After a few years of out-of-the-box Christianity like Science of Mind, and Engineering Principles of God Inc., he is now more a Hindu. He studies religious texts, listens to Prem Joshua chants on his tablet, attends temple and goes on retreats among monks of his particular calling. I’ve never seen him happier, altho when I see him coming….
Par tells me Christ’s insights came as a result of sitting in caves and temples during those missing years of his life with the great Seers in the Himalayas, tapping into Godhead by way of snow, meditation and chants.
Once Christ had it, he returned to Israel to share what he’d learned, knowing full well this meant his days were now numbered. Priests, merchants and rulers do not like their people getting free wisdom and insight, so someone giving it away to all takers needs to have his shop shut down. And so it was.
But…in those three years of his being a free-range Savior, Jesus had a good time. He set free the most-locked up of them all, the subsistence farmers, fishermen and harlots, the huddled masses that believed they were slaves invented to serve masters. Christ gave them God for free, and taught them how to stay in touch with Him within themselves.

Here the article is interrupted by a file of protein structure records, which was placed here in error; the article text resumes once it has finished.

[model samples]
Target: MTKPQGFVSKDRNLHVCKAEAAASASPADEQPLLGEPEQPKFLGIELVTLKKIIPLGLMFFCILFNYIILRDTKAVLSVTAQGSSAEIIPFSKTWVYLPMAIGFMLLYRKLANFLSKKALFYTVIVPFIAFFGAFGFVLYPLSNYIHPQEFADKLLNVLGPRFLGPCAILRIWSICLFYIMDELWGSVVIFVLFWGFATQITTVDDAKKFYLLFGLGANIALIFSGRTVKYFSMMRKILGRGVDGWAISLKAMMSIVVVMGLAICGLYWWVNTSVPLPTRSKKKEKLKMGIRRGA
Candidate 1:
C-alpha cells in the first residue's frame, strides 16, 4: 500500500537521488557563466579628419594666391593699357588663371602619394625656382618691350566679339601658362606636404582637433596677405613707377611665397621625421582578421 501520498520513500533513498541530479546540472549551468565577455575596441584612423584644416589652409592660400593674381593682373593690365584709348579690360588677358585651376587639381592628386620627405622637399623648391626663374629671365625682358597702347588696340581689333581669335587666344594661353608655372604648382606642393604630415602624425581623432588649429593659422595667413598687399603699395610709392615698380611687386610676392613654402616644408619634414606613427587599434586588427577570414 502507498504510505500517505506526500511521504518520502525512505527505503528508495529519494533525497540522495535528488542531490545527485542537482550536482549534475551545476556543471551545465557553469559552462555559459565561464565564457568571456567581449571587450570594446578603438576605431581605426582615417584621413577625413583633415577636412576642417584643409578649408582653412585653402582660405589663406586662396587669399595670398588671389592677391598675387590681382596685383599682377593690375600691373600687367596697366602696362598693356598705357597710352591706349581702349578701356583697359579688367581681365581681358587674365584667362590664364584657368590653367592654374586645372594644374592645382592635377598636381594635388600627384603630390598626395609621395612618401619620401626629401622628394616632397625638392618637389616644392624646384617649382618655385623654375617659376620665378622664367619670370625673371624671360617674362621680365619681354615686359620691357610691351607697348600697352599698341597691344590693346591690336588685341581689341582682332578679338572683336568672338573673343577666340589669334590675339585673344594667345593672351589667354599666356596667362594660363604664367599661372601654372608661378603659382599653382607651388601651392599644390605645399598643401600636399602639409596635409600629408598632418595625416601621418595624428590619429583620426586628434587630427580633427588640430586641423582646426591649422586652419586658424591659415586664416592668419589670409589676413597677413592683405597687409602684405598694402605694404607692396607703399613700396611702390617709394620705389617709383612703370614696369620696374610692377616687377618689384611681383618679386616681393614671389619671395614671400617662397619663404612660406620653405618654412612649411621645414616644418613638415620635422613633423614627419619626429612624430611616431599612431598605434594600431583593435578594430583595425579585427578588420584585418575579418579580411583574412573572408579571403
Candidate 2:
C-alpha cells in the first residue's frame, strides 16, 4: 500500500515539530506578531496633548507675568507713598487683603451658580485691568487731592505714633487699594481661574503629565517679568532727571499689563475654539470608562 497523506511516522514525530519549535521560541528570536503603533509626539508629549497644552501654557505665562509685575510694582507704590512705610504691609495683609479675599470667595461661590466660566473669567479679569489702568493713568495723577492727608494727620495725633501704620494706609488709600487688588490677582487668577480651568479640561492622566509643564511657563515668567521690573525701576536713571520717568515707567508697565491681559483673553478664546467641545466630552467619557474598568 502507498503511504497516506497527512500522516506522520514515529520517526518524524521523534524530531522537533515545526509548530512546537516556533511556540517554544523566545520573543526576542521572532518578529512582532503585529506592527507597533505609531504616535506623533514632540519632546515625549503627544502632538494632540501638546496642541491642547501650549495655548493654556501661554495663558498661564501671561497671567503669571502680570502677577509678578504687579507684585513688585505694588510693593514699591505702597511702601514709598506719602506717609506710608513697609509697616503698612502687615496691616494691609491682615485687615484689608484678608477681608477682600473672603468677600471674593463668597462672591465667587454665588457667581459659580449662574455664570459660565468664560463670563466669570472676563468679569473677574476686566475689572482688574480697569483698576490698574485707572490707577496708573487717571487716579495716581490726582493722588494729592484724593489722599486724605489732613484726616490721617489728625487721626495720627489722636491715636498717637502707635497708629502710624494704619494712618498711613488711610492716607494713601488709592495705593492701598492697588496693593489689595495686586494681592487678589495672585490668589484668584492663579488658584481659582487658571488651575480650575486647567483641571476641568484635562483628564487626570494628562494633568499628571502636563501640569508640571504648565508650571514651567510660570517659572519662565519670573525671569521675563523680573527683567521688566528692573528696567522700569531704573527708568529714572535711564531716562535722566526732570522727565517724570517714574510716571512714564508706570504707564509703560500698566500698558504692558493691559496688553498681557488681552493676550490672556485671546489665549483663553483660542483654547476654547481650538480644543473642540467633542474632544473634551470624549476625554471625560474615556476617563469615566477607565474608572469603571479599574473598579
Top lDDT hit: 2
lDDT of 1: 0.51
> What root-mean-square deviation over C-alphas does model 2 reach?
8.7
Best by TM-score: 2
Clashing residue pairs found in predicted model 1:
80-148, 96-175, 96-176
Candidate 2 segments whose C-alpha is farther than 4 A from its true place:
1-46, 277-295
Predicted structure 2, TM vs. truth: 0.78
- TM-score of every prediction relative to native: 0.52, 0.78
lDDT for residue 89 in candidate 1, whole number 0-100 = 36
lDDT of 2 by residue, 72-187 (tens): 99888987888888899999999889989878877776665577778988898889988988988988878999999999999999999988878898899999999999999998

When the big guys shut down Jesus’ shop, it was like absolutely guaranteeing that what he taught by example would benevolently incline humanity forever. And so it has been: a unifying principle.
It doesn’t matter much whether Jesus’ wisdom came by way of India and Tibet, or directly from God on High there in Israel, what matters is that he touched the inner God in the people of his day, and that has come down to us.
My feeling is that Jesus had a blast back then, and he is now. We got it. He sees this, & we see it. What could be better?

Nurse Sally

Posted by on Nov 23, 2018 in Blog | Comments Off on Nurse Sally

Nurse Sally

Sally had a peculiarity in that she only wore one shoe to Surgery. I mean she made sure it was washed and disinfected but the surgeons thought it looked bad having her limp into the Cardiac Unit. She didn’t paint the nails of the bare foot but so many years of wearing too-tight shoes had somewhat deformed, thickened and warped the toenails, so toenail polish wouldn’t’ve really helped even if Sal was to consider it. Sometimes they’d click against the operating table supports and it could be grating if you had an open heart gaping at you.

Best Thing I Ever Did…

Posted by on Nov 19, 2018 in Blog | 1 comment

Best thing I ever did in my life was have that Electrician who raises horses nearby install the stove vent here in the kitchen.

Also the best thing I ever did in my life was start up a magazine that Dusty Arrington saw one day, and got in touch.

Also the best thing I ever did in my life was hike the Pacific Crest Trail, becuz I met the woman who’d become my wife and life.

Also the best thing I ever did in my life was be the daddy of three chilluns who fill my heart and soul with shock and awe.